How Long Does It Take? IRS Penalty Abatement
There are more than 150 types of IRS penalties. The two most common penalties for penalty removal (or, “abatement”) are the failure to file and failure to pay penalties. They make up more than 70% of all penalties the IRS charges (or, “assesses”).
How long does it take to get penalty abatement for late filing or late paying?
It depends on the type of penalty relief you’re requesting.
There are two main reasons the IRS will abate these two penalties:
- Reasonable cause – when you have a justifiable reason for filing or paying late (according to IRS standards)
- First-time abatement – when you have a clean compliance history for the past three years
You can call the IRS to ask for either of these types of penalty relief, but if you owe more than a certain amount, you’ll have to request reasonable cause relief in writing. (The IRS doesn’t disclose the amount.)
Here’s how to request penalty abatement for the late filing and/or late payment penalties – and how long it might take:
|Penalty abatement reason
|Request by phone
|Call the IRS for penalties that are less than $500. The IRS will ask detailed questions and record your information.
Then, the IRS may:
|Write a letter requesting reasonable cause abatement, or send Form 843, Claim for Refund and Request for Abatement. The IRS decision usually takes about three to four months.
|You’ll get an instant decision. If you’re successful, the IRS will remove the penalties on your account and send you a letter in two to three weeks (usually IRS letter 3503C).
|Write a letter requesting first-time abatement, or send Form 843. The IRS decision usually takes about two to three months.
Consider appealing if you’re not successful
If the IRS denies your request for penalty abatement, you’ll probably receive IRS letter 854C. You can request an appeal within 60 days of the determination.
In fact, many people have to appeal reasonable cause denials. That’s because IRS phone representatives use an automated tool to make penalty-relief determinations, and that tool can be unreliable.
If you want the IRS to look at the totality of your circumstances, you must ask for an appeal. Appealing can add three to nine months to the process.
If the IRS is trying to collect from you, you may be able to request a Collection Due Process hearing, which can shorten the appeals process to about two to four months.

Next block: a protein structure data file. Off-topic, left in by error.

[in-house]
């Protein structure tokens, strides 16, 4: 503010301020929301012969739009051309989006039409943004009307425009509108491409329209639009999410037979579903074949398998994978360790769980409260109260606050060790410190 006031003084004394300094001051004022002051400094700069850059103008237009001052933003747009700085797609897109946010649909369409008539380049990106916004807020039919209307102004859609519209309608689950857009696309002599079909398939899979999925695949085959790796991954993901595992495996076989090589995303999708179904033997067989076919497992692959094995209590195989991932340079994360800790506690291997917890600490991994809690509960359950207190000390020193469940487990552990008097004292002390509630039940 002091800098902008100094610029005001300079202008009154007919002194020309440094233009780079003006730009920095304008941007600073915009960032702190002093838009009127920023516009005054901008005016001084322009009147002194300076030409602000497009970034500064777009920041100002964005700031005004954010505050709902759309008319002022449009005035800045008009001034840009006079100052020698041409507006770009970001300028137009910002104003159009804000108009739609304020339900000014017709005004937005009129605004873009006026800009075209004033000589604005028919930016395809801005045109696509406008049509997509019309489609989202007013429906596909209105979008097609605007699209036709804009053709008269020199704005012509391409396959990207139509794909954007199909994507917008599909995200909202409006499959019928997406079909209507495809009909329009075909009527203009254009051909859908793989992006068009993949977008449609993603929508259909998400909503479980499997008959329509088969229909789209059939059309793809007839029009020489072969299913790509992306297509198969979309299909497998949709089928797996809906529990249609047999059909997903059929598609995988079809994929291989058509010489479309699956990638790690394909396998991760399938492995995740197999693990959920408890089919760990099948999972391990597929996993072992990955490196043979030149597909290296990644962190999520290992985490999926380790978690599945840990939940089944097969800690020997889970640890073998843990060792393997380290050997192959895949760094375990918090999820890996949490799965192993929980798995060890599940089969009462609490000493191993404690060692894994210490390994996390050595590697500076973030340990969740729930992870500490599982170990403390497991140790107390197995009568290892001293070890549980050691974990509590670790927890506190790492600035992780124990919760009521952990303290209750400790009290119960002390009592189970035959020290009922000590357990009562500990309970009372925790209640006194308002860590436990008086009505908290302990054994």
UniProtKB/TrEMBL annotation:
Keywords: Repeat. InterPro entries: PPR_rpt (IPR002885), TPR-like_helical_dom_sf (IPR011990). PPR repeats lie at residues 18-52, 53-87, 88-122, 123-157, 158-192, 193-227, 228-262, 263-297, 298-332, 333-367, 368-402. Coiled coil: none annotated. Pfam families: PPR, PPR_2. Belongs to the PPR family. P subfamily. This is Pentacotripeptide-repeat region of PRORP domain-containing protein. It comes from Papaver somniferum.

The other two most common penalties are the estimated tax penalty and the accuracy penalty
Getting relief for these penalties isn’t as straightforward as the late filing and late payment penalties. Here’s more about each one.
Estimated tax penalty abatement is possible in certain circumstances
The IRS charges estimated tax penalties when taxpayers don’t withhold enough from their paychecks (wage earners) or don’t make enough estimated tax payments (mainly investors, small business owners, or gig economy workers).
The IRS rarely abates estimated tax penalties (less than 1% annually). Most people address this penalty when they file their return with a Form 2210, Underpayment of Estimated Tax by Individuals. This form allows filers to provide the IRS with an exception to remove or reduce the estimated tax penalty.
It is possible to request abatement of estimated tax penalties for hardships. To try to request abatement for estimated tax penalties for a hardship situation, send Form 843 to the IRS. If there was a casualty, disaster, or other unusual circumstances outside of your control, you can make your case. You’ll likely wait two to four months for an initial determination.
Accuracy penalty abatement can be a long wait
The IRS assesses accuracy penalties in audits and underreporter inquiries (CP2000 notices). This penalty is usually 20% of your tax balance, charged for negligently preparing your return or not reporting a substantial amount of income. Your main chance to contest this penalty is during your audit or inquiry, before the IRS officially assesses the penalty.
It is possible to request abatement of this penalty, but be prepared to wait. Accuracy penalty abatement requests can take years. Why? Because the IRS will have to reopen the audit or underreporter inquiry and re-examine the facts.
If the IRS denied your penalty abatement request during the audit/underreporter inquiry – or if you agreed to the penalty – the IRS probably won’t consider your abatement request. The IRS will likely enforce the correct process, which means you’ll need to pay the taxes and penalties and then file a claim with the IRS to request penalty abatement.
In most cases, the IRS takes its time reconsidering the accuracy penalty – often leading taxpayers to take the IRS to court to get the penalty removed. All in all, it’s best to contest accuracy penalties at the right time: during the audit or underreporter inquiry.
Learn more about how to address IRS penalties. Or, your local tax professional can deal with the IRS for you. Your tax pro will look into your penalty relief options to see what fits best for your situation – and call or write to the IRS to request penalty abatement from the IRS for you. Learn more about H&R Block’s Tax Audit & Notice Services. Or make an appointment for a free consultation with a local tax professional by calling 855-536-6504 or finding a local tax pro.
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